Breaking the cycle of “agricultural landfill”: can cellulosic ethanol offer a path to more no-till farming?

October 16, 2014 |

220px-StoverNovember2008Could diverting agricultural residues for cellulosic ethanol solve the problem of tilling agricultural residues into the topsoil — and help provide a path towards pristine soils not seen since the days of prairie sod?

DuPont says, amidst the focus on renewable fuels, cellulosic ethanol’s potential contribution to sustainable agriculture can get overlooked.

“The secret to soil health,” says DuPont’s John Pieper simply, in speaking with the Digest, “is that all the things above the ground should really stay above the ground, and all the things below the ground should stay below the ground. That’s Nature’s way, how it was intended.”

Pieper should know, after more than 20 years with Pioneer Hi-Bred working with growers, and after years as a grower himself. “The negative is tillage, it can kill the soil structure, as all the microbes and the ecosystem that build up in the ground are tossed around and the soil structure is disturbed. What you have is basically an agricultural equivalent to residential landfill. Things are not where they are supposed to be.”

As Marion Owen, author of Chicken Soup for the Gardener’s Soul observed, “Healthy soil is chock-a-block FULL of living things such as plant roots, animals, insects, bacteria, fungi and other organisms. It’s a jungle down there…Roto-tilling destroys the network of fungal hyphae that gives soil structure. This includes the mychorrhizal network that is so important to plants.”

The rising yields problem

Pieper pauses. There’s a problem. “But the farmer has to get some of the biomass off the field at the end of the season, in most areas. Some of that material is needed, but the more corn we produce by increasing yield, the more corn stover we’re producing, and the grower has to do something with it, and for many growers that means tilling it back into the ground.”

Pieper has a point. Nature had much lower productivity in mind when she came up with corn. Just a few generations ago, yields were a couple of dozen bushels per acre, and the biomass left on the soil after harvest would have been well short of a ton per acre. But now, yields are rising, and biomass is rising along with the corn.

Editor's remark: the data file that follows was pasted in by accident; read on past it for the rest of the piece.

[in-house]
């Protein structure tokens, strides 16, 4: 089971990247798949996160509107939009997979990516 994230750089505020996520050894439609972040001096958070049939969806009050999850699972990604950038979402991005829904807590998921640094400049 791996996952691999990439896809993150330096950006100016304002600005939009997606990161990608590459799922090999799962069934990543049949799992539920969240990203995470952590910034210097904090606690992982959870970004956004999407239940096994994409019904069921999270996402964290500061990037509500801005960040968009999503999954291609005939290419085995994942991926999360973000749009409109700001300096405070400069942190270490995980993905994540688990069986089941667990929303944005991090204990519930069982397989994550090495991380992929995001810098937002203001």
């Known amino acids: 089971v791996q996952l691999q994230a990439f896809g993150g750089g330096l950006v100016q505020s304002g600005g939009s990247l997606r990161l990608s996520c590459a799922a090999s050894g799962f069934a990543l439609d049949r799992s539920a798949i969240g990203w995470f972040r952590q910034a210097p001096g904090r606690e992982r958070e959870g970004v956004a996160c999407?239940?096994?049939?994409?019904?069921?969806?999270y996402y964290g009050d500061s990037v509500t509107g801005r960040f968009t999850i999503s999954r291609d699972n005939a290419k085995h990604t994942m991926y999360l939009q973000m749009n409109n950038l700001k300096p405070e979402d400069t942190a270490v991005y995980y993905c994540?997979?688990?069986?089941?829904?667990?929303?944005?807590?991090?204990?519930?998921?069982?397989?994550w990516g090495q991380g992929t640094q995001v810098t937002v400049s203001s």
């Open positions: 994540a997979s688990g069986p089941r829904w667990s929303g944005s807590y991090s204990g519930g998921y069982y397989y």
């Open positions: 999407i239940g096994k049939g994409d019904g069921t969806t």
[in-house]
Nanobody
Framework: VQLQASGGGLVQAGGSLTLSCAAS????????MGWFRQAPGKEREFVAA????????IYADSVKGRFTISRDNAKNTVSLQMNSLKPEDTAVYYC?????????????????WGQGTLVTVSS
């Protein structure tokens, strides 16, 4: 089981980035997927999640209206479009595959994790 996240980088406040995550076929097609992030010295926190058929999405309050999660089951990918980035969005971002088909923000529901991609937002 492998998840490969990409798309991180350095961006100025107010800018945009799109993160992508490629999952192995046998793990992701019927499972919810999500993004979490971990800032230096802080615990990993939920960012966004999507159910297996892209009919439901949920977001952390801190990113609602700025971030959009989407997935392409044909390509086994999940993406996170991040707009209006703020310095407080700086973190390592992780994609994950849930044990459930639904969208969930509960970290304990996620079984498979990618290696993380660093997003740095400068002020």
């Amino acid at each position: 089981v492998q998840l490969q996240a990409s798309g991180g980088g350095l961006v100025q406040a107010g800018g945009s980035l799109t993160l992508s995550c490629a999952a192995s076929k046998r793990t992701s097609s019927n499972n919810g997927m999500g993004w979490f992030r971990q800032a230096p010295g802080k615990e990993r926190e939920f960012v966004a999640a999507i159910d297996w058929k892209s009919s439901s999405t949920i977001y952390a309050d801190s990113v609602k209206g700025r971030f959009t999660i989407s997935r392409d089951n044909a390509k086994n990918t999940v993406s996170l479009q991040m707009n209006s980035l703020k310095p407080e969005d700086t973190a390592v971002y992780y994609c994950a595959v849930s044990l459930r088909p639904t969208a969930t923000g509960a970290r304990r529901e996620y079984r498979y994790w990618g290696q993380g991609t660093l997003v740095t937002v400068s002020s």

This year, corn yields will average 172 bushels per acre, according to USDA, and that means something like 3 tons of corn stover biomass on the field, after harvest. In areas of Iowa where the productivity reaches 240 bushels per acre, there can be four tons of stover per acre, or even more.

There’s no one we know that believes that an infinite amount of biomass left on the field is a good idea for soil health and farm productivity. There’s some disagreement about exact amounts. But somewhere around 1 ton per acre is emerging as a consensus. And that’s where cellulosic biofuels can come in handy. You see, one of the reasons all the biomass is left on the field, and one of the reasons why growers are ultimately tilling, is that there’s no good economic use-case for the biomass.

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How much can be removed?

Today, it’s changing. Growers are realizing payments in the $70 per ton range for biomass, before harvest costs. Plus, improvements in soil productivity and consequent savings in fertilizer costs. That market is bringing biomass off the field, and ultimately encourages no-till farming, since there’s no biomass that needs to be “landfilled”.

How much, 20 percent, 30 percent?

“We’d very much like to get away from percentages,” says Pieper, “because it is really a finite amount, and as yields change the percentages change. So it is better to think about how much needs to be left on the field, in tons per acre, and then the rest can be lifted.”

In a recent Digest story we looked at optimal acres, but Pieper encourages growers to think not only in terms of optimal acres, but feasible acres.

“In looking at the data,you see continuous corn being the best for cellulosic, because you have that biomass every year, but corn-soy rotation will work just as well in the corn years. So, while continuous corn acreage can be thought of as “optimal”, there are more acres in corn-soy rotation and they are very feasible for a biomass harvest program.

“We think in terms of 40 million tons of biomass, or enough to support 100 biorefineries, and as much as 2.8-3 billion gallons of ethanol. Now, of course there are sources beyond corn stover, such as the woodbasket, that will take you much farther. But there is plenty of opportunity with corn stover and it’s there and the economics work.”

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